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Looking For The Marginal Bond Buyer
Where are the bond buyers? As central banks around the world continue their attempts to wind down balance sheets, there is declining demand for sovereign debt everywhere you look. In fact, the Bank of England (BoE) was forced to buy more bonds this week, a continued expansion that is a clear sign that right now central banks have been (have to be) the only marginal buyer in the room.
Every day we check sovereign debt yields; every day they are going higher. The only dynamics that have taken yields lower or kept them flat in the short term is the announcement of interventions from the BoE, BoJ and the ECB. So far, these efforts have shown to provide only temporary relief. We’re likely to see all “temporary” liquidity injections become more long-staying policies as larger-scale issues (like the insolvency risk to United Kingdom pension funds) come to the surface. Central banks still seem adamant on using rate hikes until inflation is much closer to their 2% targets, so we could easily see restrictive rates continue while at the same time see central banks abruptly purchase bonds as various liquidity crises arise.
Realized volatility in UK government bonds are now even higher than for bitcoin. That said, bitcoin volatility is at one of its lowest historical levels (suggesting a big move coming) while bond volatility everywhere continues to rise.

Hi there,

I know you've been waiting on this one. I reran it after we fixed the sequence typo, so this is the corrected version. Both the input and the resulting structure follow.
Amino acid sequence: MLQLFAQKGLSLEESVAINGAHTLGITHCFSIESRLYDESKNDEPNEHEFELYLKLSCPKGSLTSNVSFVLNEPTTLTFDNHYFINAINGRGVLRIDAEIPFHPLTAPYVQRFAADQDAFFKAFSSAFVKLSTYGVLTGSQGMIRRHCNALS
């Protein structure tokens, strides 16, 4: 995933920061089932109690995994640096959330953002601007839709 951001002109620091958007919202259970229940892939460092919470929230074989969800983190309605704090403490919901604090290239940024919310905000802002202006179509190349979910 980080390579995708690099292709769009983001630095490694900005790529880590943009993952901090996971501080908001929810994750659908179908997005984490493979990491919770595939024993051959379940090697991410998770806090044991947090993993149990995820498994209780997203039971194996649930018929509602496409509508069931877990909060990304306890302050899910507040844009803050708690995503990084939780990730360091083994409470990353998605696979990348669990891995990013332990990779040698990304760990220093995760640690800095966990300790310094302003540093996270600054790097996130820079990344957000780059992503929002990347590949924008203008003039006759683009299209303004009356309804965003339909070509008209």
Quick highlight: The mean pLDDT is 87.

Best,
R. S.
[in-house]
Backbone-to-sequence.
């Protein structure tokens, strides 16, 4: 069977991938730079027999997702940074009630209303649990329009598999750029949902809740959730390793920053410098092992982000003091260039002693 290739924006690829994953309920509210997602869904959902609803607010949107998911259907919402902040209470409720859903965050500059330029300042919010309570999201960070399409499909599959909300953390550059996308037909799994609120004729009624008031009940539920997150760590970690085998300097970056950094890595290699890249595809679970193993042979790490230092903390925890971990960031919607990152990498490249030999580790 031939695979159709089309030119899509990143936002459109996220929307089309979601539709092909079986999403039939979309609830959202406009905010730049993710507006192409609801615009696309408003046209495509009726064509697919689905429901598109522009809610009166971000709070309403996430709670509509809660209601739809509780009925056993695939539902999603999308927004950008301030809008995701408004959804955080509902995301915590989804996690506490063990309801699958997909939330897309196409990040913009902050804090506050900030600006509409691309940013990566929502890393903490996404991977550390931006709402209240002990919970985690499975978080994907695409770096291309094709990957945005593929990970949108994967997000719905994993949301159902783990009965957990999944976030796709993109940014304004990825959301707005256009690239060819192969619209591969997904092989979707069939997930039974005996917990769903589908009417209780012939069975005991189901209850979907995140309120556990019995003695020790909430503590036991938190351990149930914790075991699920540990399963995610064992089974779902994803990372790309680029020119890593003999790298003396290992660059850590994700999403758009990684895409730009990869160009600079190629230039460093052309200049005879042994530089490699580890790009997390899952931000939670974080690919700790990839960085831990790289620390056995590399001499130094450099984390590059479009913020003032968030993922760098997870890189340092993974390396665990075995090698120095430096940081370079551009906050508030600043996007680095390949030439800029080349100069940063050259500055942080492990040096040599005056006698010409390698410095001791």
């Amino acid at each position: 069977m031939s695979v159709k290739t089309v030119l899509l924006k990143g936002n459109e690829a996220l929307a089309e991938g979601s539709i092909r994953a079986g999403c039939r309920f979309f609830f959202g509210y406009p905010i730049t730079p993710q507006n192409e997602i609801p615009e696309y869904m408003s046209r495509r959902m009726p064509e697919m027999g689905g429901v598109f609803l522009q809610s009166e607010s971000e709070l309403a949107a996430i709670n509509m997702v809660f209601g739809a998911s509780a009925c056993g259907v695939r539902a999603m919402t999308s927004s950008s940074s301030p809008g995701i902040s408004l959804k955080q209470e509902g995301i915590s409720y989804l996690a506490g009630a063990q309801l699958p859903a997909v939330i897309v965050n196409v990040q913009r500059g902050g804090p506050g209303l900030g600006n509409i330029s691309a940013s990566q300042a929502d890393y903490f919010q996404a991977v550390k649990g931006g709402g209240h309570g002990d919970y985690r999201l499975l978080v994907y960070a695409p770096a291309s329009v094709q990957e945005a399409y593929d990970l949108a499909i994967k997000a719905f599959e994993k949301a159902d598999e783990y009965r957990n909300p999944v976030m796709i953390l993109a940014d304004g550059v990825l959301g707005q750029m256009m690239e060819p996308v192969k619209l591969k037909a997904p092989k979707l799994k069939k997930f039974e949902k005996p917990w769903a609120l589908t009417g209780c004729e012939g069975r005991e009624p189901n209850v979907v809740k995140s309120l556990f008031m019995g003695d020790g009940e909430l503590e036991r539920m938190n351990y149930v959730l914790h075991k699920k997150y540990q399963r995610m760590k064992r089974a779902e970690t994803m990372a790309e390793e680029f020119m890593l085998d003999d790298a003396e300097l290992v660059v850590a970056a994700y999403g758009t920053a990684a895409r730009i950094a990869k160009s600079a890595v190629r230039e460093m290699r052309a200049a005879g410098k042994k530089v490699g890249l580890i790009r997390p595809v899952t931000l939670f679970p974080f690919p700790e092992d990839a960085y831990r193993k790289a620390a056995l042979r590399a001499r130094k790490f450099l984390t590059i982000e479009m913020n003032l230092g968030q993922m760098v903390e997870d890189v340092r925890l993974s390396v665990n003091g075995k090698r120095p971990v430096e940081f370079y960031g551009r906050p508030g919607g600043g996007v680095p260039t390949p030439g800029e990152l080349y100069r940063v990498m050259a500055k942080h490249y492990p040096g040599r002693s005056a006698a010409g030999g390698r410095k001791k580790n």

What is most concerning is the decline in buying for US Treasuries across major groups: commercial banks, foreign institutions and the Fed. Many don’t want to step in and buy until we see the Fed’s next policy move in fears that rates haven’t reached their peak. Many can’t buy as a strong dollar and subsequent decline in other major currencies have also forced foreign buyers out of the market. Countries have been running down their foreign exchange reserves to defend their own currency’s purchasing power instead.
Ultimately what we need to see to reverse this explosion and unprecedented rise in yields globally is a wave of marginal buying in sovereign debt outside of domestic governments. Otherwise, the market is telling us that bond prices need to be lower (and interest rates higher) for bonds to be seen as an attractive investment and allocation right now. As shown by the chart below, we’re coming off one of the worst performance years for returns in history — a once-in-a-century regime shift.
The other argument against the lack of bond buying right now is that very soon, there will be. Either via a deflationary bust that makes inflation much lower, a shortage of US Treasury collateral in the market during a margin call or new regulations that force new buyers — like commercial banks or pension funds — to hold more US debt against their will.
But right now, many are asking what to do with these “safe” or “risk-free” assets when they no longer seem to be safe, seem to carry more risk and are imploding with volatility.
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